For those of you who don’t know what I aim to do by the end of the school year here, which I’m guessing should be most of you, I’m trying to write a novel of at least 200 pages in length. My end goal is not to publish it or anything fancy like that, but rather to better appreciate and understand the process of writing and editing a narrative of your own creation. The project officially kicked off this past week with a huge bang. How, you ask? Well, with some glorious editing. I had written about 26 pages of my novel before I arrived at school for the year and, both at the behest of my mentor and because it would be foolish to do otherwise, I spent most of my time this week reading and re-reading what I had previously written, before editing it and making sure it made sense within the scope of everything else I had already written and will write soon.
It was within this monotonous spree of editing that I believe I encountered the formula for writing that I must follow if I want to reach my end goal by the time I graduate. The formula is, you guessed it, the title of this piece (though that is the somewhat dumbed down version). First I must create, and for me that means figuring out where the next couple of pages lie in the overall narrative (which I mapped out long ago) and whether I should throw a plot-twisting event into those pages or just fill them up with some less exciting but nonetheless necessary details on the world of my story and the people who live in it (of course, those plot-twists and world details can be one and the same at some points). Then I execute the plan for my creation by writing it. With what I have created already in mind, I just let my mind go into autopilot and let my fingers fly over the keyboard. That’s the easy part.
Then, I devote plenty of hours to editing what I wrote. Sometimes that means swapping one word for another or deleting a sentence. Sometimes that means deleting a page’s worth of content and starting from scratch. Editing is the most complex and important part of the process, because it’s where you really figure out and finalize not only what you’re trying to write, but what you’re trying to say at the heart of your words. So, there it is: create, write, edit, edit, repeat. In all likelihood, that’ll be my weekly schedule. But I’m guessing that you might be wondering what exactly my little story here is about. Let’s see if I can simplify it down for you. My story focuses on a group of traveling nomads roughly 300 years after a mass pandemic has wiped out most of humanity. These nomads call themselves The Pack (after a wolf pack) and my story is narrated by one member of The Pack, named Carter, who will eventually be exiled from his group. Sounds like fun, right? I think that it should be. And before I go, a word about my inspirations for this piece. In my writing, I’m always influenced by what I read, and this particular piece is inspired by:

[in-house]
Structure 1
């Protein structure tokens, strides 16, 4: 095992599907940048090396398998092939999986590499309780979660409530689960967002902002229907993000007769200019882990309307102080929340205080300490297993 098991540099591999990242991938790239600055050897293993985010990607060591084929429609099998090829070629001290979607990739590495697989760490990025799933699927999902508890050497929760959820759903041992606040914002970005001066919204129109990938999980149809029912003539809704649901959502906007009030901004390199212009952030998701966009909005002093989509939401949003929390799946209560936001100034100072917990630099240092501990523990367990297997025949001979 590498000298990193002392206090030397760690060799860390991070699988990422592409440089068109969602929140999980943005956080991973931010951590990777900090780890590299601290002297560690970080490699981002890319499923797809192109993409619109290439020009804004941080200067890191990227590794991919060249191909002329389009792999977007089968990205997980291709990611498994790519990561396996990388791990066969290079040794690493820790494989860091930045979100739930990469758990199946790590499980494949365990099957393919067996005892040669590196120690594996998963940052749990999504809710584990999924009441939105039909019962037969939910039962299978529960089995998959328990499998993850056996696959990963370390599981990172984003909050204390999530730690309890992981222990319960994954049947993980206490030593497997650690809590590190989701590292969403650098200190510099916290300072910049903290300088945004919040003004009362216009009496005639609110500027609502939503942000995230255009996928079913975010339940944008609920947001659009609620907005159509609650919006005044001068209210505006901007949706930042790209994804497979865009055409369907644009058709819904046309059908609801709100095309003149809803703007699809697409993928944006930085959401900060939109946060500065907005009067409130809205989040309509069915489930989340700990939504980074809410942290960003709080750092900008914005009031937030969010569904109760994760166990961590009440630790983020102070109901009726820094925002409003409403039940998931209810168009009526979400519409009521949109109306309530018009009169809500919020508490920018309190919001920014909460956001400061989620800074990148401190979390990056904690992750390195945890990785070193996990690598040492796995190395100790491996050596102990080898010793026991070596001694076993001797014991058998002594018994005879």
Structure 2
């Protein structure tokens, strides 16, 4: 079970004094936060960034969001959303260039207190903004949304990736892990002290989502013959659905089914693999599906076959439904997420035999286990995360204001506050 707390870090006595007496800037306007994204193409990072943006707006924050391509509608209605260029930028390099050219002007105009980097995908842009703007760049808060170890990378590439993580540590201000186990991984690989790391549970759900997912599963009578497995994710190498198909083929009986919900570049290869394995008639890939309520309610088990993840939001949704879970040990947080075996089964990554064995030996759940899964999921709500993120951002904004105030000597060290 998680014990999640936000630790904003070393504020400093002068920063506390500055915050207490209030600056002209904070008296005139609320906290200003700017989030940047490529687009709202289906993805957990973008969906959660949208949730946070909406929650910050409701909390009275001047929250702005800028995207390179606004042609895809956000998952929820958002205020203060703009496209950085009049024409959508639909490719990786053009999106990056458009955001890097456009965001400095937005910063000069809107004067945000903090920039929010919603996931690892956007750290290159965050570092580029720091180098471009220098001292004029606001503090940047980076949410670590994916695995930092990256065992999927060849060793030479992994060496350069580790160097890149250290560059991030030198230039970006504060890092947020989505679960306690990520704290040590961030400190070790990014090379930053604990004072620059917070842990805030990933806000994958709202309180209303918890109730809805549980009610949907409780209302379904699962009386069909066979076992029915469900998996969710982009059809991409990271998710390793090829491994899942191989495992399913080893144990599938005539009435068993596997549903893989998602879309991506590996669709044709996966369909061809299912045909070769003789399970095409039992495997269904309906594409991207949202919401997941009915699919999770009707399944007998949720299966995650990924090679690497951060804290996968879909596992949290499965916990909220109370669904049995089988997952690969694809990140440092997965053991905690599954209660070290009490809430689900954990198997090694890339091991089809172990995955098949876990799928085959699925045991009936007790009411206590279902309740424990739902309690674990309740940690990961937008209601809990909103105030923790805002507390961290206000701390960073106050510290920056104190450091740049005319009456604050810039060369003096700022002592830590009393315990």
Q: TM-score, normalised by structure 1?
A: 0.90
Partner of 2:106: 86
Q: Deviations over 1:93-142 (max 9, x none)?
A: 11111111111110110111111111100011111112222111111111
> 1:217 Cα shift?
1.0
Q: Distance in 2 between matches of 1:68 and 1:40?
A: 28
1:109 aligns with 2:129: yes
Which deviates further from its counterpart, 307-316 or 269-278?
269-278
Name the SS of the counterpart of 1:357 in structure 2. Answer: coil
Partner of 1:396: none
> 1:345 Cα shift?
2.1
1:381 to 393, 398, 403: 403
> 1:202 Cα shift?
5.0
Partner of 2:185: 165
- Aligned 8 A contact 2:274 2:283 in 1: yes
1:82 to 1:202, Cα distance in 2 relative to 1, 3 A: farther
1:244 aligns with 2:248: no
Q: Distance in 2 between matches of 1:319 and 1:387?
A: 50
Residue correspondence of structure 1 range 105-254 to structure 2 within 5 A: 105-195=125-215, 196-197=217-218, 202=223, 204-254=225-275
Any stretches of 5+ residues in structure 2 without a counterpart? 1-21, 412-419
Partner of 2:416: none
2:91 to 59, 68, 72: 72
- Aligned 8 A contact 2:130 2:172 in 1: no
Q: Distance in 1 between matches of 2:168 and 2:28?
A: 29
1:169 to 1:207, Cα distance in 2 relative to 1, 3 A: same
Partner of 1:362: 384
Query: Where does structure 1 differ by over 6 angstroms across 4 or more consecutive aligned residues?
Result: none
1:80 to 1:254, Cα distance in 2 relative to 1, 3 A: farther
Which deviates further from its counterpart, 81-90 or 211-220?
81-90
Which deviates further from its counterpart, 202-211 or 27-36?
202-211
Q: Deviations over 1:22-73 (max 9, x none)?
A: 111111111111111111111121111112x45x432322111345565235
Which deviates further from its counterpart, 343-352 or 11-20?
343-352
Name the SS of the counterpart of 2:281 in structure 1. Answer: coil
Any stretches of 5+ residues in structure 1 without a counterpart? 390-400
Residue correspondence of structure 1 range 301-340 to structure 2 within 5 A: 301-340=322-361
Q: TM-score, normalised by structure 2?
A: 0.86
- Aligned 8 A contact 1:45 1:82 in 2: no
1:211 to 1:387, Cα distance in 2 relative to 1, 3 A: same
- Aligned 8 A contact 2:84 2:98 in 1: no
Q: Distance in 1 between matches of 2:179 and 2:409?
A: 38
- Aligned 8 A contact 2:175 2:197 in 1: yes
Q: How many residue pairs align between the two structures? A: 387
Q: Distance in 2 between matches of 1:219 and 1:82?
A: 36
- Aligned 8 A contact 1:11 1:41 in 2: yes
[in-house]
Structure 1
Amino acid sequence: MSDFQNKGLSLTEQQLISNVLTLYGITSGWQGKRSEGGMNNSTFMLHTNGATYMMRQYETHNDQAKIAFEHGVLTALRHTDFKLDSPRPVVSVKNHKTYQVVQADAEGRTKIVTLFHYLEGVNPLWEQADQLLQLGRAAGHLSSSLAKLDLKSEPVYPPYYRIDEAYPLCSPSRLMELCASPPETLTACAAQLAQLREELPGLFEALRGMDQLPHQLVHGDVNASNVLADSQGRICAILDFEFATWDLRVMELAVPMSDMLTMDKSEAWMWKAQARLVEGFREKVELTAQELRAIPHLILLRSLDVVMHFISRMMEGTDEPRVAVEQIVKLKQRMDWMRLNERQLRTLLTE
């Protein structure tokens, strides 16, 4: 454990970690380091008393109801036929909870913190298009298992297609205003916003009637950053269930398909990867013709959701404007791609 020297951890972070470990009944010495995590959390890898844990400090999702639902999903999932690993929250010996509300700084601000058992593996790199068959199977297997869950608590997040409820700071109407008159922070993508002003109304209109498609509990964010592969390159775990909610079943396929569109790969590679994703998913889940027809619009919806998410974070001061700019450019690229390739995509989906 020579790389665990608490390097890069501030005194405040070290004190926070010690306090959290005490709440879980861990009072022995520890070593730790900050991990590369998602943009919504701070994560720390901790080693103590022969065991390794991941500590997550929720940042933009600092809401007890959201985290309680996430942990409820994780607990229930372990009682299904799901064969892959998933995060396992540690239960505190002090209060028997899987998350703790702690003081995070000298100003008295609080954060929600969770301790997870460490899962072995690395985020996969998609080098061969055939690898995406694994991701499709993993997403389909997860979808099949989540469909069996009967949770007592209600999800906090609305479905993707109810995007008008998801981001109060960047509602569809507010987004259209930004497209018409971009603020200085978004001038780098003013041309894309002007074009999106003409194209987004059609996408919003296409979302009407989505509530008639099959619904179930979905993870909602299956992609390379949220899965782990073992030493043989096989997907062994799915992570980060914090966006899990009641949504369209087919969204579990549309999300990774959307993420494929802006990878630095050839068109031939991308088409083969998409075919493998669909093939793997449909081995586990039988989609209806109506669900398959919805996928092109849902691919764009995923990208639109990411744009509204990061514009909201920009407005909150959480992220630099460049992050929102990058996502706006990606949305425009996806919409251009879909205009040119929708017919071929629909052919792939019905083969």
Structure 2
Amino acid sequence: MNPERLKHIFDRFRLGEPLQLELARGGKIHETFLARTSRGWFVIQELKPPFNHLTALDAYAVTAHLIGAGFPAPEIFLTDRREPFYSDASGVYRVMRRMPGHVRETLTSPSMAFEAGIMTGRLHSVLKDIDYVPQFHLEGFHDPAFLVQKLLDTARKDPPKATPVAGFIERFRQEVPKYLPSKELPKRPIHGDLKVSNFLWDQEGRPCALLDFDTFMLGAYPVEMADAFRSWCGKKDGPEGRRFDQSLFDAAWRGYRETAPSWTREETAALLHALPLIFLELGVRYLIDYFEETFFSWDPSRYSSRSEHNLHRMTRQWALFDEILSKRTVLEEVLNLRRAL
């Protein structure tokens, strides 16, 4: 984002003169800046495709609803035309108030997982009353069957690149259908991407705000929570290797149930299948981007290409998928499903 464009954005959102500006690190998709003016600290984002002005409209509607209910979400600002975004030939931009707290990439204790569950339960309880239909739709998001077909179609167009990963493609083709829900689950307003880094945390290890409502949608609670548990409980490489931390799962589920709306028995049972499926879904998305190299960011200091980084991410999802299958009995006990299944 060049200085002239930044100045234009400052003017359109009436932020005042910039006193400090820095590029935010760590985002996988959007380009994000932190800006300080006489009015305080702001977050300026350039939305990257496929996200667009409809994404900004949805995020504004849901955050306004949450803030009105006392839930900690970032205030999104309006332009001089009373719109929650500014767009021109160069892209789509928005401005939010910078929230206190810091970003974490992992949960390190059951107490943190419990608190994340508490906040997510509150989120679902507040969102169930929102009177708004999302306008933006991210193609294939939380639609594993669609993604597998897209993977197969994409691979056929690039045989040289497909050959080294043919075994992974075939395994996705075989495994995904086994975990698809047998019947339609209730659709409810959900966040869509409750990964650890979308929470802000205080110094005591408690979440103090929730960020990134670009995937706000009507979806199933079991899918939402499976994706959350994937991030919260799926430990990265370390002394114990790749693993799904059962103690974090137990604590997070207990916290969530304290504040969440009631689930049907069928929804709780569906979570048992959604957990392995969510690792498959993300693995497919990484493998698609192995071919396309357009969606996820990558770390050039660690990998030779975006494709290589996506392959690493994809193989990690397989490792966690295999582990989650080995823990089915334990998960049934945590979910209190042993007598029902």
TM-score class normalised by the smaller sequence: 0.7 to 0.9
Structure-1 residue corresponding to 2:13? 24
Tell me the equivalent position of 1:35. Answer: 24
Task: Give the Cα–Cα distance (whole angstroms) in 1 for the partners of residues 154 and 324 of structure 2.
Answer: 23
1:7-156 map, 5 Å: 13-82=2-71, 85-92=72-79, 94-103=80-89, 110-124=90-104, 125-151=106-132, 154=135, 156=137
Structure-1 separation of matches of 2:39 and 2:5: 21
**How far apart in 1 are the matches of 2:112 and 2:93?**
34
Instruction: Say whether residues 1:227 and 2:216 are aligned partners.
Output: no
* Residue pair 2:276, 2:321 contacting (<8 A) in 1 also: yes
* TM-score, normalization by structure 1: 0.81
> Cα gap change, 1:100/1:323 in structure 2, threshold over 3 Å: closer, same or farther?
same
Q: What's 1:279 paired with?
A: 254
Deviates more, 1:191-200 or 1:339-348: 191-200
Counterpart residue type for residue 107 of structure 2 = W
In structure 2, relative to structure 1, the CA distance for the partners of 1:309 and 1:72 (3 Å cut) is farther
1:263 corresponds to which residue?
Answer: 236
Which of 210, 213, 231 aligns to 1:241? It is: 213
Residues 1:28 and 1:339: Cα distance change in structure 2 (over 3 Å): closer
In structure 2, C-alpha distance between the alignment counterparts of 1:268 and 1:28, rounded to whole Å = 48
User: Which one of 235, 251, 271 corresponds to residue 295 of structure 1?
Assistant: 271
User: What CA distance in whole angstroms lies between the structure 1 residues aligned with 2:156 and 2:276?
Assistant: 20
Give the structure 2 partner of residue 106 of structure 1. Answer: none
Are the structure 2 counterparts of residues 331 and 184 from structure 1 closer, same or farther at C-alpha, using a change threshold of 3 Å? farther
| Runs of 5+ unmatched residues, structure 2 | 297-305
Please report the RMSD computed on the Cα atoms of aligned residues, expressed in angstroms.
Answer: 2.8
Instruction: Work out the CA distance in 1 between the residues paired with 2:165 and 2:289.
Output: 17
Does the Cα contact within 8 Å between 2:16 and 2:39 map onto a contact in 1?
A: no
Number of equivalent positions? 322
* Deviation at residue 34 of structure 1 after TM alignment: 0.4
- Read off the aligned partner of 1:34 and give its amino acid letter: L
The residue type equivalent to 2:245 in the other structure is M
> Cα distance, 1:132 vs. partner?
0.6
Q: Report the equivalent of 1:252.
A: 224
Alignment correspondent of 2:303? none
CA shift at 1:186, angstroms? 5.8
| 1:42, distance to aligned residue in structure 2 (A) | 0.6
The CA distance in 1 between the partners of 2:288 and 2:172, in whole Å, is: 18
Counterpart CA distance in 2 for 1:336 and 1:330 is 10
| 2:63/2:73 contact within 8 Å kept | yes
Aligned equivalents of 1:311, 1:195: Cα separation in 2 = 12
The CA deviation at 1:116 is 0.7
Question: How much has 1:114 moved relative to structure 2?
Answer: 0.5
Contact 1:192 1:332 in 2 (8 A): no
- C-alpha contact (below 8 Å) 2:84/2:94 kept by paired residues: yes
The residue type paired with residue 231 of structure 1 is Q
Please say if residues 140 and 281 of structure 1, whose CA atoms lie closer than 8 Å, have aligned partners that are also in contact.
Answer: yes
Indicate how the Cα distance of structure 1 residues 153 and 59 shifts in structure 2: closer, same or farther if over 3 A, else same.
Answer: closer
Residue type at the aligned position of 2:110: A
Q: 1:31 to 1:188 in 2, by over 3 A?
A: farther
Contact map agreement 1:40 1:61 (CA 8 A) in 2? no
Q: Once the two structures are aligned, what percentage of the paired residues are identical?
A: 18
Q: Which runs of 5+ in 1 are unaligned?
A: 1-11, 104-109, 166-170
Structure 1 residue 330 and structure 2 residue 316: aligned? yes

The Dog Stars by Peter Heller (my favorite book of all time)
Station Eleven by Emily St. John-Mandel
The Name of the Wind by Patrick Rothfuss
That’s pretty much it for this week folks, so I’ll see you all next time.
Will Driscoll, signing off
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